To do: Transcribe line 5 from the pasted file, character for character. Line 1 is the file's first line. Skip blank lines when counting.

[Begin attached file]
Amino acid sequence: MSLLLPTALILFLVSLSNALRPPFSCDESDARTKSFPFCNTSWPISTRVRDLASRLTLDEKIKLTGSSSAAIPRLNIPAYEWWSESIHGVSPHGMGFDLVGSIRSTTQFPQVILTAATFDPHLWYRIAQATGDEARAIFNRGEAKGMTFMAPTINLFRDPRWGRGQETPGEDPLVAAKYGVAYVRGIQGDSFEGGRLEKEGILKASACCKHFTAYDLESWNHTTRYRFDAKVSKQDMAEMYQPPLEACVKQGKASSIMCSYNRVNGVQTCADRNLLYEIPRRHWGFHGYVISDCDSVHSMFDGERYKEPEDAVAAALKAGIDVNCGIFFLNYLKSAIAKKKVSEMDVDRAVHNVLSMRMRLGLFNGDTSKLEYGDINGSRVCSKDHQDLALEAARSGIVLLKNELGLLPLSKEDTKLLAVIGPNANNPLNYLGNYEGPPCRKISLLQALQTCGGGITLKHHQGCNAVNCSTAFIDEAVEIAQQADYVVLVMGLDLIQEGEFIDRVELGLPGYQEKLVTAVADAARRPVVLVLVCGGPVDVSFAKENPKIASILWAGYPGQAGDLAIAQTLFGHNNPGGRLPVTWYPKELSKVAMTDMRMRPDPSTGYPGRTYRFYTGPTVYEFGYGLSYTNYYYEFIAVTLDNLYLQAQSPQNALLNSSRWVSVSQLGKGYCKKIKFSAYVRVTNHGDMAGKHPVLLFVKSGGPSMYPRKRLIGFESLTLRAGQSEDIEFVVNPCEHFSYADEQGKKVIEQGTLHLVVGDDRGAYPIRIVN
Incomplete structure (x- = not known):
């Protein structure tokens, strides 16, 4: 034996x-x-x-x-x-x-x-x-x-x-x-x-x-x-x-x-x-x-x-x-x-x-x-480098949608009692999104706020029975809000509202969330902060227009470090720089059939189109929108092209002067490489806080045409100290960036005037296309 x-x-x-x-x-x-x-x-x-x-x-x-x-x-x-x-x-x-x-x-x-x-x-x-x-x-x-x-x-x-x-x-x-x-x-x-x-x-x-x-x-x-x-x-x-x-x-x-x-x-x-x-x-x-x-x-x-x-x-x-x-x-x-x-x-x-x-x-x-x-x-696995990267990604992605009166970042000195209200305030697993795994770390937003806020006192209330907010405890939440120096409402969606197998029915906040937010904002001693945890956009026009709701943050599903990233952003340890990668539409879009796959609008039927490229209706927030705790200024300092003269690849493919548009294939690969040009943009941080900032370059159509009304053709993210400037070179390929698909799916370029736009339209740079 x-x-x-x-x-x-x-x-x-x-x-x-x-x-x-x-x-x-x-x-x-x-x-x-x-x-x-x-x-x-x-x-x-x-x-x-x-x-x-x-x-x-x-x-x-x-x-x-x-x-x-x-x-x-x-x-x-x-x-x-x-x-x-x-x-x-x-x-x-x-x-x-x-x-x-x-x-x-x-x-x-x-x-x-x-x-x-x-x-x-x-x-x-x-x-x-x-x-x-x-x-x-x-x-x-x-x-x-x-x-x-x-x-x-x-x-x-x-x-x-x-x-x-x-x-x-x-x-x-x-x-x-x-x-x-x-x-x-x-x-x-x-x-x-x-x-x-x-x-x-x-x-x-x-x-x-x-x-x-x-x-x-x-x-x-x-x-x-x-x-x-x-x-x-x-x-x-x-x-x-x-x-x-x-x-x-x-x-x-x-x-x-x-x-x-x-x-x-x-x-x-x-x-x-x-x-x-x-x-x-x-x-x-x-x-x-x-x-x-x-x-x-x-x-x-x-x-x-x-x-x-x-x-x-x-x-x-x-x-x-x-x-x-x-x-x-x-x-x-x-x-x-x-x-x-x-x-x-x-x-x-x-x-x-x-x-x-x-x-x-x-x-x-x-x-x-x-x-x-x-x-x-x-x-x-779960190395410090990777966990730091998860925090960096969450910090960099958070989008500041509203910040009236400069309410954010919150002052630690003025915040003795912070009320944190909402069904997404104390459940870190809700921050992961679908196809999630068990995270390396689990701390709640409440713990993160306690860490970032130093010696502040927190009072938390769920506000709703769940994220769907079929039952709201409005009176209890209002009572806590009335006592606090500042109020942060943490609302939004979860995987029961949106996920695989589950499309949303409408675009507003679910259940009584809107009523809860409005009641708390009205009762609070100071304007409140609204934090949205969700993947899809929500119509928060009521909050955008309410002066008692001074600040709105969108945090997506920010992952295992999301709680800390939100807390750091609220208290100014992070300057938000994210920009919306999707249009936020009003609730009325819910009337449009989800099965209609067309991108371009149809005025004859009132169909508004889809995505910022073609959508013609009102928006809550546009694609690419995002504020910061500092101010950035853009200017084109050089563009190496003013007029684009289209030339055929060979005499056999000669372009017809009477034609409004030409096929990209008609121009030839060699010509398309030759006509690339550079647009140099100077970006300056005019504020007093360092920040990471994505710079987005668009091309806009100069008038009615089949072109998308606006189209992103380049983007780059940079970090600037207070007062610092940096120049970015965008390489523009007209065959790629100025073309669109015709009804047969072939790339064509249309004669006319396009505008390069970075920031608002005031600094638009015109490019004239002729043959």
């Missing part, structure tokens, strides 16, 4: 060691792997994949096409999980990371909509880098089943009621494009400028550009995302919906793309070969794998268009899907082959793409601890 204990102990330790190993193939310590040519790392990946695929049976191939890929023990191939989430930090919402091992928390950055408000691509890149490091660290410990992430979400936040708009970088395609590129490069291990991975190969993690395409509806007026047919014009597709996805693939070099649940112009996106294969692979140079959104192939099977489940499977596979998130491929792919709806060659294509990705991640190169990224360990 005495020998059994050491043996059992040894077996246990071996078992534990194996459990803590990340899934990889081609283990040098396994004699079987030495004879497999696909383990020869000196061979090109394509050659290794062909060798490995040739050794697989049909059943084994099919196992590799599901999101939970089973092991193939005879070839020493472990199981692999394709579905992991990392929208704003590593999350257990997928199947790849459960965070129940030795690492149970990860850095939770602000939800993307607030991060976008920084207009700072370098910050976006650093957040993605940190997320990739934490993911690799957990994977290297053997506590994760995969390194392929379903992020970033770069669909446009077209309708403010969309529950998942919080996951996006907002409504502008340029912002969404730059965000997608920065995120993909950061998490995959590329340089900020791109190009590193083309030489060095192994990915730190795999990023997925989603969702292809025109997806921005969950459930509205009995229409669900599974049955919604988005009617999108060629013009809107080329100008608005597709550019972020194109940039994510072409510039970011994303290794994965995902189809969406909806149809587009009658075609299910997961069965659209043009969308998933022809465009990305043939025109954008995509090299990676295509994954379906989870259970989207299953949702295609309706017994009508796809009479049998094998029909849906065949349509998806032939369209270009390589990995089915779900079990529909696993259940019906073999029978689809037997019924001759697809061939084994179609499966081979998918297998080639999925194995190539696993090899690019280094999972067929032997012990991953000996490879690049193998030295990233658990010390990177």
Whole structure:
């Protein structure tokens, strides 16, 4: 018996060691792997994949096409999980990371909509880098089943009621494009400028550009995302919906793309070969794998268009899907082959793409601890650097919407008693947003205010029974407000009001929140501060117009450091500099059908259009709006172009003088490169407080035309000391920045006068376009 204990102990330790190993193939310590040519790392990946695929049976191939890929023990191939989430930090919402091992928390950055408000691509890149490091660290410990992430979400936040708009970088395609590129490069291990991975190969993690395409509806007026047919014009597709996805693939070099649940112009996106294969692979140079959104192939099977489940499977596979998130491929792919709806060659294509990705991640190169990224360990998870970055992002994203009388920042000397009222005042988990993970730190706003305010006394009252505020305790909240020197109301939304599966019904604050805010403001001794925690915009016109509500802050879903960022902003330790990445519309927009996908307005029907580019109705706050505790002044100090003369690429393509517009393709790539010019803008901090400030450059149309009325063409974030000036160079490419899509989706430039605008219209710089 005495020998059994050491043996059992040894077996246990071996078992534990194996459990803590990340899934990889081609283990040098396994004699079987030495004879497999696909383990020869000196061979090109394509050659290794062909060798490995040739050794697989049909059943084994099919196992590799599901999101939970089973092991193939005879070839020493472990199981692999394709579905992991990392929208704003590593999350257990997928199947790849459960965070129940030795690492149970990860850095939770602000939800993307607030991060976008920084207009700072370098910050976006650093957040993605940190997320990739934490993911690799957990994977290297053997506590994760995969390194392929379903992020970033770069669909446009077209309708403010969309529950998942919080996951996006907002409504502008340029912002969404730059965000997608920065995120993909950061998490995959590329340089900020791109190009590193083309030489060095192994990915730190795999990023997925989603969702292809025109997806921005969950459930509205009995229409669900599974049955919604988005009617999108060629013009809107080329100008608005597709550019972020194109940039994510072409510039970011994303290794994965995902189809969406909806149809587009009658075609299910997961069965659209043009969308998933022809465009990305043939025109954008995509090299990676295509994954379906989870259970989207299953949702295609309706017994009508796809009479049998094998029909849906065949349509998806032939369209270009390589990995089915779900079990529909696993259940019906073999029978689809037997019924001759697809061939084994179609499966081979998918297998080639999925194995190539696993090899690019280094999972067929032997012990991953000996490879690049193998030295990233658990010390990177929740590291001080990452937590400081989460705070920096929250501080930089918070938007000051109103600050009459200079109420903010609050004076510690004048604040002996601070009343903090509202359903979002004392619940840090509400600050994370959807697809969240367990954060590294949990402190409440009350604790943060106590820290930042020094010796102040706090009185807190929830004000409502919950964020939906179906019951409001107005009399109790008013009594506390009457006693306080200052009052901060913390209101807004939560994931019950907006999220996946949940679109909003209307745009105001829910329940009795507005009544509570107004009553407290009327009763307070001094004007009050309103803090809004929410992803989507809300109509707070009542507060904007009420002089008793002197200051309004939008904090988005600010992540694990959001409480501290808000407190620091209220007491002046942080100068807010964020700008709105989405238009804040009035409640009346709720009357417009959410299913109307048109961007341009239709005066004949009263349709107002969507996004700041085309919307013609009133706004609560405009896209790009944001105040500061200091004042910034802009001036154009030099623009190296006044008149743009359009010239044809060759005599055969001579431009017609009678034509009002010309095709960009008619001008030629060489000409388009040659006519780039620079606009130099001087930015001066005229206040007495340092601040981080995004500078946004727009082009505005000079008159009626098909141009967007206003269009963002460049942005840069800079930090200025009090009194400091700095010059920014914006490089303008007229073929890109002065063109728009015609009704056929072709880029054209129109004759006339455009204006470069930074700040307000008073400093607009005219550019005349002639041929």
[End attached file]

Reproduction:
Whole structure: